I commented over at the Standard yesterday that Democrats seem not to know where they want to go on energy legislation. Their overall goals appear to include lower production of petroleum and gasoline (seen in opposition to drilling in ANWR and opposition to coal liquification), increased use of more expensive and less efficient alternate fuels, and lower prices.
See anything amiss there?
The Hill looks today at both the House and Senate energy bills, and notes fights over coal liquification and CAFE standards.
And don't underestimate the importance of the fight over renewable fuel goals. As Foreign Affairs has noted, a lot of corn is going into ethanol production, dramatically raising prices for corn-based foods. One commodity affected? Chicken feed:
Meanwhile, efforts by interest groups could further open regional divides. Livestock producers are pushing for an amendment that would waive implementation of the renewable fuels standard if corn prices grew too high. They say that increased demand for ethanol — a high priority for agriculture-state lawmakers — is driving up the prices for livestock feed to record levels.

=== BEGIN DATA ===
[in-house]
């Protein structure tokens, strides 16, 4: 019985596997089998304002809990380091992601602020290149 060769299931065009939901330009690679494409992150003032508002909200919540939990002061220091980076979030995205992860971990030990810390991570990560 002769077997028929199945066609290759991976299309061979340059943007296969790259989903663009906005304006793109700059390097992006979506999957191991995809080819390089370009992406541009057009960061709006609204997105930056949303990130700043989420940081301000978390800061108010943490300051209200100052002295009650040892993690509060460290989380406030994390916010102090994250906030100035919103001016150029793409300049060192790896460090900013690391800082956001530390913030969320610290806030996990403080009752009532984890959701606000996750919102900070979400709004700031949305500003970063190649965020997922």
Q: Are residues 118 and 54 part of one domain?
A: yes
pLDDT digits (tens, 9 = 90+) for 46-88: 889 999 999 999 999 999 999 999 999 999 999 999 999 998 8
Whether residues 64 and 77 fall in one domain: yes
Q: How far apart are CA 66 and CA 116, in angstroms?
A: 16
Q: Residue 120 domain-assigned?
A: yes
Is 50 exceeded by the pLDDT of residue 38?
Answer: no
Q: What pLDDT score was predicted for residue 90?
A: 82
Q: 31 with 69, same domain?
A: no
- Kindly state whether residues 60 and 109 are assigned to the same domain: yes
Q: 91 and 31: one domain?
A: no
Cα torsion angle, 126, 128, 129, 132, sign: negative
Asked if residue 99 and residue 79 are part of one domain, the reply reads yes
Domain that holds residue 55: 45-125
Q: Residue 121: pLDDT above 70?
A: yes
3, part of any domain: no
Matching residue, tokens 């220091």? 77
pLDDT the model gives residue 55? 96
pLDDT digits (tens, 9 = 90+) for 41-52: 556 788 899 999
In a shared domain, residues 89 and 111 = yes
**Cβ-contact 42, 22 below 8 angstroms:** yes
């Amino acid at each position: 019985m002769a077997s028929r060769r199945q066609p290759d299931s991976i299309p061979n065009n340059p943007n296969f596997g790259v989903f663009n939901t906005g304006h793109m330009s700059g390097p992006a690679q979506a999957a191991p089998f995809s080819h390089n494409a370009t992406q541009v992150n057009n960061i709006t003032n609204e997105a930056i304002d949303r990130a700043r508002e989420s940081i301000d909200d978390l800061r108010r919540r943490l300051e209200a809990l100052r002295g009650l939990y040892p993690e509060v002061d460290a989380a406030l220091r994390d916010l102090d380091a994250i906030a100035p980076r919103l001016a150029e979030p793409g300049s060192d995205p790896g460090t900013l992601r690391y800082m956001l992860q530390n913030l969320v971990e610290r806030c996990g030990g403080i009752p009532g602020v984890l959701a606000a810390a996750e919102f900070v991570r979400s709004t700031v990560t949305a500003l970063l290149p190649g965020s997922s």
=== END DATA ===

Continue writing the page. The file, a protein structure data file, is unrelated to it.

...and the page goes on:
The price of chicken feed, for instance, has increased 60 percent over the last several months.
“We’re hoping for some relief,” said Richard Lobb, spokesman for the National Chicken Council, a trade group.
According to Dr. Bruce Babcock of Iowa State University, the average American grocery bill will rise by $50 in the next two years alone, simply because of the increased use of corn for ethanol:
Hart says that'll mean a hike of about 5% in the price of milk, beef, pork and chicken. "The producer will see it, but not enough to change consumption patterns," Hart said.
And, Ag Secretary Mike Johanns says livestock producers-- and their consumers-- may not get a break for two years. But, ethanol producers call this a "short term situation." "We don't like high corn prices either," said Don Endres, VeraSun CEO. "But, we're convinced that the "long-term" is very good."
Ethanol and other alternative fuels have ramifications and costs that are not generally discussed. We ought to discuss them.